Industrial tequila farms are bad for agave-loving bats

With industrial tequila farms switching to cloned agave plants, the bats that pollinate them are disappearing. “You can't have tequila without agave, the spiky desert plant used as its base,” says NPR. “And it's hard to have agave without bats — because a few species of these winged creatures are the plant's primary pollinators. Agave co-evolved with bats over thousands of years. As a result, it's one of the very few plants that pollinates at night.”

Study: World’s wild mammals are being eaten to extinction

Many of the world’s wild mammals, from primates to bats, are being hunted to extinction for bushmeat, says The Guardian. In the first global report on the ecological impact of human hunting, researchers warn that without better management practices not only will species disappear, but hundreds of millions of rural people who rely on bushmeat for food could go hungry.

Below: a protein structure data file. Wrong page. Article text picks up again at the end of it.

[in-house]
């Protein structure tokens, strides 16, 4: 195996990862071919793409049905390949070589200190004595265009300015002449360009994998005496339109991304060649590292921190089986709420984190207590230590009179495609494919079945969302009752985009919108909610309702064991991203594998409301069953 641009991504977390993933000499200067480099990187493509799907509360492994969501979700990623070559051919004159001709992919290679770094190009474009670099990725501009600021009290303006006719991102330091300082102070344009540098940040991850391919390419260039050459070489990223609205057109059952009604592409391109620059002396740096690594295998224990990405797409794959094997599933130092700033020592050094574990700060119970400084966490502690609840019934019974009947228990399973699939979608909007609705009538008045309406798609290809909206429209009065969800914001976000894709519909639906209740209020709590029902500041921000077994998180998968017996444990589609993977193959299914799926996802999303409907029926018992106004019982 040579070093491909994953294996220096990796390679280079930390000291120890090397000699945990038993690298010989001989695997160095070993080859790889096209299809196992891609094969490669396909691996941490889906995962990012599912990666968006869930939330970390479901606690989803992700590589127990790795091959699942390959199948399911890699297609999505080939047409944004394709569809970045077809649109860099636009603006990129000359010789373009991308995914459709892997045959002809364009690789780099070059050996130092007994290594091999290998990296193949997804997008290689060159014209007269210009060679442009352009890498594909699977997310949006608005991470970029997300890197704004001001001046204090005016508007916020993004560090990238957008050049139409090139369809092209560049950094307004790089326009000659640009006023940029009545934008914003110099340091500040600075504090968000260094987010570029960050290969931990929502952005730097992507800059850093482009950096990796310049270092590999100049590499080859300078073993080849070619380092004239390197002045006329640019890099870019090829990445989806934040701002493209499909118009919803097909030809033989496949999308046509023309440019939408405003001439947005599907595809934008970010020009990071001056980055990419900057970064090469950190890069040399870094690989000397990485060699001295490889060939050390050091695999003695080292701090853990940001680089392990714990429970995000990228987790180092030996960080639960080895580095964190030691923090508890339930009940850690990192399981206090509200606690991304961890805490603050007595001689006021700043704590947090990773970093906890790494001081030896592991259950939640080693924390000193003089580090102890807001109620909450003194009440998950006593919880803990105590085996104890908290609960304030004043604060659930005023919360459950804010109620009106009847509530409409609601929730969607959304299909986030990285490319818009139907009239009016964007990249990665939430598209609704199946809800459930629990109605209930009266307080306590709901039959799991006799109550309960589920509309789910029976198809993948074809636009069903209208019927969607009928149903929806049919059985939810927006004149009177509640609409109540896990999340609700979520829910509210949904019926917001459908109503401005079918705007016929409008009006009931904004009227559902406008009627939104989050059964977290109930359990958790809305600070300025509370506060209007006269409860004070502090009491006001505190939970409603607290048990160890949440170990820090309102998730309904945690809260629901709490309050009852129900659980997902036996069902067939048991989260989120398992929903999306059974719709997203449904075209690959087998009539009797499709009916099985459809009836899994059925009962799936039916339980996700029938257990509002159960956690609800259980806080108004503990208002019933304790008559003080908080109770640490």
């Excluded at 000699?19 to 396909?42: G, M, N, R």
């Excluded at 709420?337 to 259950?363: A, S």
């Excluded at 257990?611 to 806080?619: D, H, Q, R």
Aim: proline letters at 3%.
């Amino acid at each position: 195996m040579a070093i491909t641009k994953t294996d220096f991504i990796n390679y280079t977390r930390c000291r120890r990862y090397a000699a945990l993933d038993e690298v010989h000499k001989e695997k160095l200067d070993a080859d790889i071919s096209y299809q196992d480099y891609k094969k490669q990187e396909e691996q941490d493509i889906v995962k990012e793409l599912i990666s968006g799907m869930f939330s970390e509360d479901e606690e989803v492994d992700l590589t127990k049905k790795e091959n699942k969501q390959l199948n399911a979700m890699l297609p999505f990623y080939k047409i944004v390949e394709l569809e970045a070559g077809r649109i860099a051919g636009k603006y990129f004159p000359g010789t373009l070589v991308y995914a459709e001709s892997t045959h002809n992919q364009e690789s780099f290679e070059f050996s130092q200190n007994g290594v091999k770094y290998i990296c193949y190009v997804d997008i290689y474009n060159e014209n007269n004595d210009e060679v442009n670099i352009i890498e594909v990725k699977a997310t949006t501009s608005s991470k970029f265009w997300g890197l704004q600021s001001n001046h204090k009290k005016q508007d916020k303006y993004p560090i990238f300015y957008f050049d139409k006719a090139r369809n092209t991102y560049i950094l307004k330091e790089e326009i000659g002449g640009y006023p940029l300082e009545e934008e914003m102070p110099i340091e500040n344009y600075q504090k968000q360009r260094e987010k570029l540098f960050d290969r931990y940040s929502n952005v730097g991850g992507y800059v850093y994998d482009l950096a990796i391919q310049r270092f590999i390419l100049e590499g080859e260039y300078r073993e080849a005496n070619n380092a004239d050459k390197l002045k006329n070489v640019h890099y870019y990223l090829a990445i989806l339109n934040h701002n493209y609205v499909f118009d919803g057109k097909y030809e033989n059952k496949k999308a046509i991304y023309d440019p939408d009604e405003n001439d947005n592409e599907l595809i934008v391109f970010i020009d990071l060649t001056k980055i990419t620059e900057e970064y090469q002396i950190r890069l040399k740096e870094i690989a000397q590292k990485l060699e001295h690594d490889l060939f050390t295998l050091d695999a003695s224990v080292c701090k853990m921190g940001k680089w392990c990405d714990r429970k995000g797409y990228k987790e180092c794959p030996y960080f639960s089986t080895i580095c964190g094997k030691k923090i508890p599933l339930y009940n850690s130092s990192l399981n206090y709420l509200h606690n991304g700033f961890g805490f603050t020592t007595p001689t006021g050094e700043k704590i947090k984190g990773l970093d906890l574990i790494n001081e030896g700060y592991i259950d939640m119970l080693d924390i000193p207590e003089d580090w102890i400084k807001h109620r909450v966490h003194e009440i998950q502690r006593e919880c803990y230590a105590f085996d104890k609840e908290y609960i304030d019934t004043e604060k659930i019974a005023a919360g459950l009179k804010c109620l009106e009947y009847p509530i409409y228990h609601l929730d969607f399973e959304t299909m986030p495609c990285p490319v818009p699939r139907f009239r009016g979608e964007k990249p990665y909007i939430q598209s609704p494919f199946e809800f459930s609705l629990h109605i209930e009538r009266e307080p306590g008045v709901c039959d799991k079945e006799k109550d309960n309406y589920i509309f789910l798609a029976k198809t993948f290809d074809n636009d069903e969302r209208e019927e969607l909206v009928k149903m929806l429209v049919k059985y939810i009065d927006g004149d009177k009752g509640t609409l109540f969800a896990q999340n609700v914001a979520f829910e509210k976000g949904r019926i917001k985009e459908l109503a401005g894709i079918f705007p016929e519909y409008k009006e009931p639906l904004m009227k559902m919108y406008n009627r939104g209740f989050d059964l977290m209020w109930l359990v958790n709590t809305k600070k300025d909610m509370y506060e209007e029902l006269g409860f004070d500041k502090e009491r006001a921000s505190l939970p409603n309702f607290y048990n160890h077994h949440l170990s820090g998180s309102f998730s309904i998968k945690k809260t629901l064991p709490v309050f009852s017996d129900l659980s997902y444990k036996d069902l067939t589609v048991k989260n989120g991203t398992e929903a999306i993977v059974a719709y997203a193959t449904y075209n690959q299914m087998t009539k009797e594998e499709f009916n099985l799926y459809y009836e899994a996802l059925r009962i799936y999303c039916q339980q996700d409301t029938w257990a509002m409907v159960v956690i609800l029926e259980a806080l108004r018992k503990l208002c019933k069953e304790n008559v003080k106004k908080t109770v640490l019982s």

Gauging bats as protectors of walnut trees

Katherine Ingram, a doctoral student at UC-Davis, "is exploring the role bats can play as winged soldiers in the battle against a nonnative pest," the codling moth, which attacks California's $2 billion-a-year walnut crop, says Ensia.